With the name attribute now set I ran the restore command once again. During execution I noticed a curious message about merging cookbooks, but thought nothing of it at first. After the restore I logged into the chef UI and started to take inventory of the versions and contents of the cookbooks and that’s where I understood merging message.

The problem displayed itself as follows, while I was supposed to see every version of every cook that existed on the chef server of origin as well as the databags, nodes, and environments. While the databags, nodes, and environments transferred fine, several cookbooks were missing versions. This was bad, considering one of the chief requirements was to transfer all cookbooks and all versions over.

I started to page through the gem source code to see why exactly this was occurring. After adding some debug statements so I could trace execution I started to understand the issue. It had to do with the chef cookbook path. Chef can only have one version of a cookbook in its path when you are doing a cookbook upload if you want it to behave as expected. The restore script was putting the base directory containing all the versions of all the cookbooks in the chef path. When asked to upload a particular versions of a cookbook, knife would see all the versions in its cookbook path, pick the highest, and just upload that one several times.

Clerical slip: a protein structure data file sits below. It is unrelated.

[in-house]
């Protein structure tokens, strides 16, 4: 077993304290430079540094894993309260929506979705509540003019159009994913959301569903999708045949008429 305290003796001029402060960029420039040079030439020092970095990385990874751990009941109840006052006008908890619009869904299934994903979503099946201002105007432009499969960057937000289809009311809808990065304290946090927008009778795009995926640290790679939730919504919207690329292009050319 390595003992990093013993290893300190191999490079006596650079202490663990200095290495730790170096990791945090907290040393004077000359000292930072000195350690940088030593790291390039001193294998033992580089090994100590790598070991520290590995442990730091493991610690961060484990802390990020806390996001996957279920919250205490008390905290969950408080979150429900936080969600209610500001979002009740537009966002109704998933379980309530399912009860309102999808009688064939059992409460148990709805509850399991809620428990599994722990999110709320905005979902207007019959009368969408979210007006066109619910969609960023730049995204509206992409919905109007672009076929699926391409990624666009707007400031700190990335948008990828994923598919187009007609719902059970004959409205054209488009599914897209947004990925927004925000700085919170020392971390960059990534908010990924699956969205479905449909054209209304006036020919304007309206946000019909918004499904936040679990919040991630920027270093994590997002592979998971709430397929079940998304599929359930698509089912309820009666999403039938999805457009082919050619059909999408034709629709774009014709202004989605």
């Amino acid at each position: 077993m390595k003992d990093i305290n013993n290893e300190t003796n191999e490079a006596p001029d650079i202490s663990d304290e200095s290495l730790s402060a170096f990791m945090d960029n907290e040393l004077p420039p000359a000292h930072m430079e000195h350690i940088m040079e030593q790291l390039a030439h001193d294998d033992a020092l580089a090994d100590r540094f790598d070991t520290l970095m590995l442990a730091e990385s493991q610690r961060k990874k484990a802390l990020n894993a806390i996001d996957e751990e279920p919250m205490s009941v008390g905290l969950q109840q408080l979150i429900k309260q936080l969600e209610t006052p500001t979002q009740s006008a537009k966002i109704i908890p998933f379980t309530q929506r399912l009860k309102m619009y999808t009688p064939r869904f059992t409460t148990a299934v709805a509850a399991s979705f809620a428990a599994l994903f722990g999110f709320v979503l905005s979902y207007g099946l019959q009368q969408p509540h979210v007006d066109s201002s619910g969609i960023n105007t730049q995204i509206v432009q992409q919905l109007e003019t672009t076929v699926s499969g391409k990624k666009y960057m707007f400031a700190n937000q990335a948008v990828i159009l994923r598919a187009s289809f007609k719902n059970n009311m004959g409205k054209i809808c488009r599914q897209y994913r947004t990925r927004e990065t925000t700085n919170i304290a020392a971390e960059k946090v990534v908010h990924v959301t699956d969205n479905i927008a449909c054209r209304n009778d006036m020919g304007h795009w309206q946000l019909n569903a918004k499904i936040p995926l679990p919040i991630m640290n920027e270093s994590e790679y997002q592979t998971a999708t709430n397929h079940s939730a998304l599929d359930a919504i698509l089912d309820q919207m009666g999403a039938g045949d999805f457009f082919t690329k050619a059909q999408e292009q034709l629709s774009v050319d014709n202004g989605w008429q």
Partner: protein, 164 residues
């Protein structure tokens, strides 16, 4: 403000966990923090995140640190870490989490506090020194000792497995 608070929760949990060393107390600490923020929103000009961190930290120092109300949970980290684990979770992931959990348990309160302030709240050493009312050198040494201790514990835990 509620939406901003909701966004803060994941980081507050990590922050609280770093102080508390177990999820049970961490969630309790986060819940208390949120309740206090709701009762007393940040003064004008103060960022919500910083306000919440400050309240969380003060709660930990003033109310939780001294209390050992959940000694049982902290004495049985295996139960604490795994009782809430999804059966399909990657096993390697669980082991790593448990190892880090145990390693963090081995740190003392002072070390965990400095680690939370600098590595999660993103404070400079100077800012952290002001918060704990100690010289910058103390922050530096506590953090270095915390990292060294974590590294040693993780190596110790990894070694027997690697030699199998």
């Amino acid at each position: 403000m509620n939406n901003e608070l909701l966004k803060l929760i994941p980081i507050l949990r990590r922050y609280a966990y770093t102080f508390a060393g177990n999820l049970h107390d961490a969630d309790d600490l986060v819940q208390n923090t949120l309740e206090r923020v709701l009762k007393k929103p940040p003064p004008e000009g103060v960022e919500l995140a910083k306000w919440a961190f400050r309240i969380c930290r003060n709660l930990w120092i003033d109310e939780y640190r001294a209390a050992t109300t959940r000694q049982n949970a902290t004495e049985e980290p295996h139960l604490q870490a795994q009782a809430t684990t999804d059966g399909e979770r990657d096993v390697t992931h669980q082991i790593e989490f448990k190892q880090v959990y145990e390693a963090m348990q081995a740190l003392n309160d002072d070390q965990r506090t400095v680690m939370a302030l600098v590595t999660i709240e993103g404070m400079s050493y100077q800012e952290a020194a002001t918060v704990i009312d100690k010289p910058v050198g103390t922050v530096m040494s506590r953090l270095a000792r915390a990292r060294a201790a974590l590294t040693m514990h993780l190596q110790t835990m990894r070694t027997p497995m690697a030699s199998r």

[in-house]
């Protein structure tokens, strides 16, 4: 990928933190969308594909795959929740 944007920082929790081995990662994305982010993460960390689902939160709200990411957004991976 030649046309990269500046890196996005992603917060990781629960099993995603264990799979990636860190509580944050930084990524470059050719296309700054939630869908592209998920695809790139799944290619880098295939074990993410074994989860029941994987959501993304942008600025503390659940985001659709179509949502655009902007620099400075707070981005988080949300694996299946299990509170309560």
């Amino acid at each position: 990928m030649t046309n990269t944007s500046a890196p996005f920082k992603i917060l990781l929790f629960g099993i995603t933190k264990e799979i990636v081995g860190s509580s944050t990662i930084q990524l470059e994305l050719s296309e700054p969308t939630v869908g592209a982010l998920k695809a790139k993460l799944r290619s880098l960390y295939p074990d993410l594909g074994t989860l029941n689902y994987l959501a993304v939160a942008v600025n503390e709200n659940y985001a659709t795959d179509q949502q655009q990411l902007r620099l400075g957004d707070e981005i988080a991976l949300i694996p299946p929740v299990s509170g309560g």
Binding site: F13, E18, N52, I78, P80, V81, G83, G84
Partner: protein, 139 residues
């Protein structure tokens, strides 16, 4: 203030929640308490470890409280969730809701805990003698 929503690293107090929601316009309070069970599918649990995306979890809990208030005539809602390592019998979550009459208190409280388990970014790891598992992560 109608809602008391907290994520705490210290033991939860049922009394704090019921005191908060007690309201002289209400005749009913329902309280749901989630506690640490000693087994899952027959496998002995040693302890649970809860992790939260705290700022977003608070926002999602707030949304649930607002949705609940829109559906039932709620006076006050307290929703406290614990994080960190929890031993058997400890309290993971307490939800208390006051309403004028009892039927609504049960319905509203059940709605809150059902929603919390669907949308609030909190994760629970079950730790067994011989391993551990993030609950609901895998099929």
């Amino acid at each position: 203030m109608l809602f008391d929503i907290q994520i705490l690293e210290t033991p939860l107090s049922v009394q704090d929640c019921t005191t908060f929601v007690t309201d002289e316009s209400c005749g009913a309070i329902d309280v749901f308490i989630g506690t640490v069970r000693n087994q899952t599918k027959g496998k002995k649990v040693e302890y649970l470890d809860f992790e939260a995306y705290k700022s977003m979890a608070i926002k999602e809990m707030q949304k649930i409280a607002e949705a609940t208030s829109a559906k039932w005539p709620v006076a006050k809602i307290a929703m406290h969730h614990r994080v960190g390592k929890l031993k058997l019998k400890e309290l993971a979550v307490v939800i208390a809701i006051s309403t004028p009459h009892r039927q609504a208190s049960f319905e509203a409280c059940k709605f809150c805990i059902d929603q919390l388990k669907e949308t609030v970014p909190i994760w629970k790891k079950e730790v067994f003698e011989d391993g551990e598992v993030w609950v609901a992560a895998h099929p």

The solution was to patch the gem. What I needed to do was make a temp directory point the cookbook path there. From there I would symlink each version of the cookbook into the temp directory and allow the restore function to perform a knife cookbook upload. The patch is below:

--- backup_restore.rb.orig   2015-01-23 12:31:20.289221254 -0500
+++ backup_restore.rb      2015-01-14 15:59:19.780221191 -0500
@@ -159,11 +159,14 @@
     def cookbooks
       ui.info "=== Restoring cookbooks ==="
       cookbooks = Dir.glob(File.join(config[:backup_dir], "cookbooks", '*'))
+      #Make tmp dir
       cookbooks.each do |cb|
+        FileUtils.rm_rf(config[:backup_dir] + "/tmp")
+        Dir.mkdir config[:backup_dir] + "/tmp"
         full_cb = File.expand_path(cb)
         cb_name = File.basename(cb)
         cookbook = cb_name.reverse.split('-',2).last.reverse
-        full_path = File.join(File.dirname(full_cb), cookbook)